By the end of the 18th century, the last of the ‘Royal’ Sheedy McNamara’s held the lands of Ayle (owned by Timothy ‘Thady’ Macnamara formerly of Castle Rahanna/Ranna), Rosroe and also Moyrisk (Moyriesk). Quinn Abbey  was a tributary burial place into the 19th century for the descendants of the Sheedy Macnamara’s, and many of the surrounding families in Clare and over the borders belong to this branch of the Sheedy McNamara’s.

Sheedy is usually translated as ‘fair-haired’ or ‘silken-haired’ and so Sheedys can also use the alias of Silk along with McNamara or Mac or Mack.

Clare Journal, and Ennis Advertiser, April 28, 1845:

James Silk (which is the English name for Sheady) and several others were fined at the Ennis Petty Sessions for various nuisances’.

In Sid Sheedy’s writings he claims James Sheedy Macnamara established a secret society in New South Wales – a branch of the United Irishmen, with James as secretary,  and in following years his brother Michael Sheedy (sic), a convict per Earl St Vincent in 1818, helped to continue keeping a ‘diary’ or journal record of the society and its operations.

The six men who Sid Sheedy claimed were brothers, and transported to Australia were:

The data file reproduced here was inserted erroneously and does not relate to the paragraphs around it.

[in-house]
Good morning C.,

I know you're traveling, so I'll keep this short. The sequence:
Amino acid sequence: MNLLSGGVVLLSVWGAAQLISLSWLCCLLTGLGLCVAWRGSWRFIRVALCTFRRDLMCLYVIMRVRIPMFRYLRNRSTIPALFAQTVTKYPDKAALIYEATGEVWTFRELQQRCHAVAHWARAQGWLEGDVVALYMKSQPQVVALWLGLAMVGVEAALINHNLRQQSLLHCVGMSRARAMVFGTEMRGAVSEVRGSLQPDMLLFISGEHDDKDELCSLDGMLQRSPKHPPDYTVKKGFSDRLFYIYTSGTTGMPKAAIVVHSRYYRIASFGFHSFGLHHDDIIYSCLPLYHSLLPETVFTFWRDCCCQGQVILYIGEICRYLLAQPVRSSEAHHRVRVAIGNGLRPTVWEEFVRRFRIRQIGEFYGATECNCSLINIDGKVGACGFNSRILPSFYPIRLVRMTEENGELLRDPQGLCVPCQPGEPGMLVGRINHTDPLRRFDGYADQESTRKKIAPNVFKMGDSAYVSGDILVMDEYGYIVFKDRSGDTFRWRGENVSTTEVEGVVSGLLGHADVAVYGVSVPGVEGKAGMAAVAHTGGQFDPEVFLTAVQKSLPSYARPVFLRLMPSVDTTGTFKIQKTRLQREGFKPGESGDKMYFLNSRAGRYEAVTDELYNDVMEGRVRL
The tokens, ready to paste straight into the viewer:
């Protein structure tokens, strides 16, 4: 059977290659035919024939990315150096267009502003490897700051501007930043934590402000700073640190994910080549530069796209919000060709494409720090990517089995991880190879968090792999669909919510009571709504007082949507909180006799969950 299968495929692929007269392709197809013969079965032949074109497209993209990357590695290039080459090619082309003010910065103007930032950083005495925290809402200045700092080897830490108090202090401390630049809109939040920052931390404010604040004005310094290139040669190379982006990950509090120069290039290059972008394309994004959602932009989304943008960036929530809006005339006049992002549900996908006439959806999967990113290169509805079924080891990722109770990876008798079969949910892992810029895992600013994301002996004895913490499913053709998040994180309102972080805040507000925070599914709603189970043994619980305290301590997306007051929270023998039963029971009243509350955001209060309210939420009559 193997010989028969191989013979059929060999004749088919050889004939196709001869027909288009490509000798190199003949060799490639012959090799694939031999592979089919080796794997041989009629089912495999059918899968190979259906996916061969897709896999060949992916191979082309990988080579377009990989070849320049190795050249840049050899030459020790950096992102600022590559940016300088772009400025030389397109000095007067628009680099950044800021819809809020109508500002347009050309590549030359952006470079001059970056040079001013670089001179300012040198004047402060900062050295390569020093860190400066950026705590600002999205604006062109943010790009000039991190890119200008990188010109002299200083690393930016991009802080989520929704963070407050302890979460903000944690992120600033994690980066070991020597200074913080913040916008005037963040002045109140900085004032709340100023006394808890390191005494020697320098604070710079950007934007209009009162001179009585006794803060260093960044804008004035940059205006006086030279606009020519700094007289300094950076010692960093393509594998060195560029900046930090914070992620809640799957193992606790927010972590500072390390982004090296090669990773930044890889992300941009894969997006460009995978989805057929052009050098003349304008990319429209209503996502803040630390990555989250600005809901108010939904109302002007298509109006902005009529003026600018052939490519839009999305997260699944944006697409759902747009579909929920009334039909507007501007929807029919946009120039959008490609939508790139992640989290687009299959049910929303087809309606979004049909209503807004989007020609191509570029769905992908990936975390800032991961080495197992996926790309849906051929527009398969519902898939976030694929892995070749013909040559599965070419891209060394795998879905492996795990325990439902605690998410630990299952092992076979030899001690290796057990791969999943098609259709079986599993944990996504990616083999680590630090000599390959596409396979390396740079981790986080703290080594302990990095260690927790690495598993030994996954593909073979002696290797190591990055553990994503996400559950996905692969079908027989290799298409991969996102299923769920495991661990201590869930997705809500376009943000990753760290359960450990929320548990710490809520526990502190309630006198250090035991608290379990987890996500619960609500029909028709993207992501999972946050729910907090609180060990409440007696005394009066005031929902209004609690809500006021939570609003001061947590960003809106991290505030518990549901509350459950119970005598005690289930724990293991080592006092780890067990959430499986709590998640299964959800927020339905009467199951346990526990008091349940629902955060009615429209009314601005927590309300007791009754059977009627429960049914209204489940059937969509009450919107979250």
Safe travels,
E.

1. James Sheedy Macnamara, arrived 1806 per Tellicherry, Life Sentence, died at Kent Street Sydney at the home of his brother Michael Sheedy. ‘His family never given Govt permission to settle with him in Australia, but son John Sheedy transported to Australia in 1823 per Isabella’  and died Liverpool hospital Dec 1852, a married man with 3 daughters and a son named Michael who came out to Sydney in 1850 and married Bridget Ryan in Sydney’.(Incorrect: John, some of James, was still living in Coolreagh, Scariff, Clare in 1824 and petitioned the Chief Secretary of Ireland for permission to join his father) . ‘After many years in the colony James married Jane Black in June 1822, who came per Wm Pitt 1806, ‘she worked tirelessly for the cause of the United Irishmen’ (note there is no record of a marriage of Jane Black (noted Protestant) and James Sheedy Macnamara (Catholic): he was still petitioning government in the 1820s for his wife and children to be allowed to settle with him in N.S.W. However Jane was living with James in 1828 at ‘Kemps Farm’ Cabramatta, along with John Mernagh per Tellicherry. And certainly she acknowledged James as the owner of the land in a deed dated 1850, and which by she promised Daniel Sheedy Macnamara would inherit his father’s farm).